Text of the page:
Title IX for Employees
It is unlawful to subject another individual, regardless of his/her gender or gender identity, to sex discrimination, which includes sexual harassment. Fresno State does not discriminate on the basis of sex, gender, gender identity, or sexual orientation in its employment practices, or in the education programs and activities it conducts in accordance with the Title IX of the Education Amendments of 1972, as well as Title VI and Title VII of the Civil Rights Act of 1964. The University does not tolerate— and prohibits under CSU Executive Order 1096—the sexual discrimination of anyone on its campus and within the jurisdiction of the University by an employee.
Sexual harassment is any unwelcome and/or uninvited verbal or physical conduct of a sexual nature, directed towards a person because of his or her sex or perceived sex that has the intent or effect, due to its severity and/or persistence, of unreasonably interfering with an individual or group's educational or work performance or that creates a hostile work, educational, or living environment. It is important to note that harassmentcan occur regardless of the relationship, position, or respective sex of the parties.
Sexual advances, requests for sexual favors, and other verbal, nonverbal or physical conduct of a sexual nature constitute sexual harassment when:
- Submission to such conduct is made either explicitly or implicitly a term or condition of an individual's employment or admission to or participation in an academic program or University-related activity; or
- Submission to or rejection of such conduct is used as the basis for decisions affecting an individual's employment with the University or a student’s academic standing; or
- Such conduct has the purpose or effect of unreasonably interfering with an individual's performance on the job or in school; or
- Such conduct has the purpose or effect of creating an intimidating, hostile, or offensive work or study environment for an individual or group of individuals.
Sexual harassment may include unwelcome physical contact, visual displays of degrading sexual images, transmitting sexually suggestive conduct to or about coworkers to others, remarks of a sexual nature, or turning discussions inappropriately to sexual topics. An act of sexual violence—any physical sexual act attempted or perpetrated against a person without his or her consent—constitutes sexual harassment, in addition to being a crime.
Reporting a Complaint of Harassment, Discrimination or Retaliation
In accordance with the California State University’s Executive Orders 1096 and 1097, any University employee, except where he or she is recognized as a confidential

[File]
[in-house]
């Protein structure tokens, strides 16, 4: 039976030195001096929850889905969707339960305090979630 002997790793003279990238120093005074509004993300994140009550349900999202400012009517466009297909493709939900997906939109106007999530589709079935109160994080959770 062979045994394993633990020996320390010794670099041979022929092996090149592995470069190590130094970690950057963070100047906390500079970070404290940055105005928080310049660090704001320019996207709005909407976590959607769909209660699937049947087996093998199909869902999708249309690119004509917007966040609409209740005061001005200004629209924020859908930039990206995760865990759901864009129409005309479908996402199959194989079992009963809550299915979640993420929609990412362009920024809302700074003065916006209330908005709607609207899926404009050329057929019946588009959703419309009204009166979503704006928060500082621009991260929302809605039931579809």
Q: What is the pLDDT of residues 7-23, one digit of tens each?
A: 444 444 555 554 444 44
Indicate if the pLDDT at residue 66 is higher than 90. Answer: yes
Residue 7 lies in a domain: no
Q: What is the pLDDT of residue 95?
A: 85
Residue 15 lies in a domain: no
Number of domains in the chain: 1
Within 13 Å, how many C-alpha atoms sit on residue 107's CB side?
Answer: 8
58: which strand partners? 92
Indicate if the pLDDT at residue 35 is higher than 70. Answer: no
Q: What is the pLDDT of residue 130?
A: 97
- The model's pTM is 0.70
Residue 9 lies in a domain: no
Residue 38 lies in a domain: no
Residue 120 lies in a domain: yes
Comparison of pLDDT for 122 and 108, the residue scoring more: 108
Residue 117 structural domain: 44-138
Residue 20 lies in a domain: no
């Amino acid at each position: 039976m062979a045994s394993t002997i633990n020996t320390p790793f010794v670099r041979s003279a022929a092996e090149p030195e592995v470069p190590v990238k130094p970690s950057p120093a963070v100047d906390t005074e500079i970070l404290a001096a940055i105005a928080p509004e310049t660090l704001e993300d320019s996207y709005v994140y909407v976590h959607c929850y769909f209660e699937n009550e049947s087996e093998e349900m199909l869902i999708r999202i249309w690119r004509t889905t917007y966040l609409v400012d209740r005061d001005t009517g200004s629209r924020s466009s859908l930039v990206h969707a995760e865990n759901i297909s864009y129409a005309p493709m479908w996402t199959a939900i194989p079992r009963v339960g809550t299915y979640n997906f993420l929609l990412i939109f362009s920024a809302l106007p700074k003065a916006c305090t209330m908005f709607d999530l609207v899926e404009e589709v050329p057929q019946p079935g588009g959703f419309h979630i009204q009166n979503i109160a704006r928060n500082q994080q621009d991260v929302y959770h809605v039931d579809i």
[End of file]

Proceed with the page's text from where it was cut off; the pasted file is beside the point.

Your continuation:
resource under the subject policies (i.e. those employees who work in the Student
Health Center or the Women's Resource Center, or police receiving a report from an
individual who requests confidentiality of his or her identity pursuant to Penal Code
Section 293), who is made aware of a possible instance of sex discrimination or harassment,
including sexual violence, committed against a campus community member, must report this information to the Title IX Coordinator, Janice A. Parten.
The University takes every complaint seriously, and the cooperation of employees in the investigative process is critical to promoting the safety and respect of each member of the University community. Any attempt by a faculty member, employee, or student to penalize, intimidate, or retaliate in any way against a person who makes a report of or who is otherwise involved in a report of discrimination or harassment is illegal, and will be promptly addressed in accordance with Fresno State’s discipline process. Correspondingly, any individual who knowingly files a false report of discrimination, retaliation or harassment violates University policy, and will be subject to appropriate discipline.
Consensual Relationships and Sexual Harassment
Actual or apparent authority that employees may have over a student or another employee is a primary consideration in determining if certain types of conduct constitute sexual harassment. This can be so even if the individual subject to the employee’s authority has accepted the conduct, shows no sign of being harassed, or fails to file a complaint of harassment. Consensual relationships are considered sexual harassment when they are found to compromise Fresno State’s educational mission. See Fresno State’s policy on consensual relationships for more information. Complaints of sexual harassment of students, including alleged consensual relationships, will be carefully evaluated in the context of the unique relationship and responsibility that faculty, administrators and other Fresno State employees have to students.
Academic Freedom and Sexual Harassment
Fresno State recognizes and respects the freedom of its employees and students in classroom discussion, in academic research and in the publication of related results. Campus community members are encouraged to candidly and openly express their views and opinions during discussions in appropriate academic settings, including the classroom. However, the University also acknowledges the right of individuals to be free from injury caused by illegal harassment and the need to balance this right against the freedom of speech in the University’s academic community. Harassment is differentiated from behavior that, even though upsetting, could be considered reasonable and/or necessary to the carrying out of certain instructional, advisory, or supervisory responsibilities. As such, in determining whether alleged conduct constitutes harassment, the University will examine all of the relevant information available, including the nature of the conduct and the context in which the alleged incidents occurred.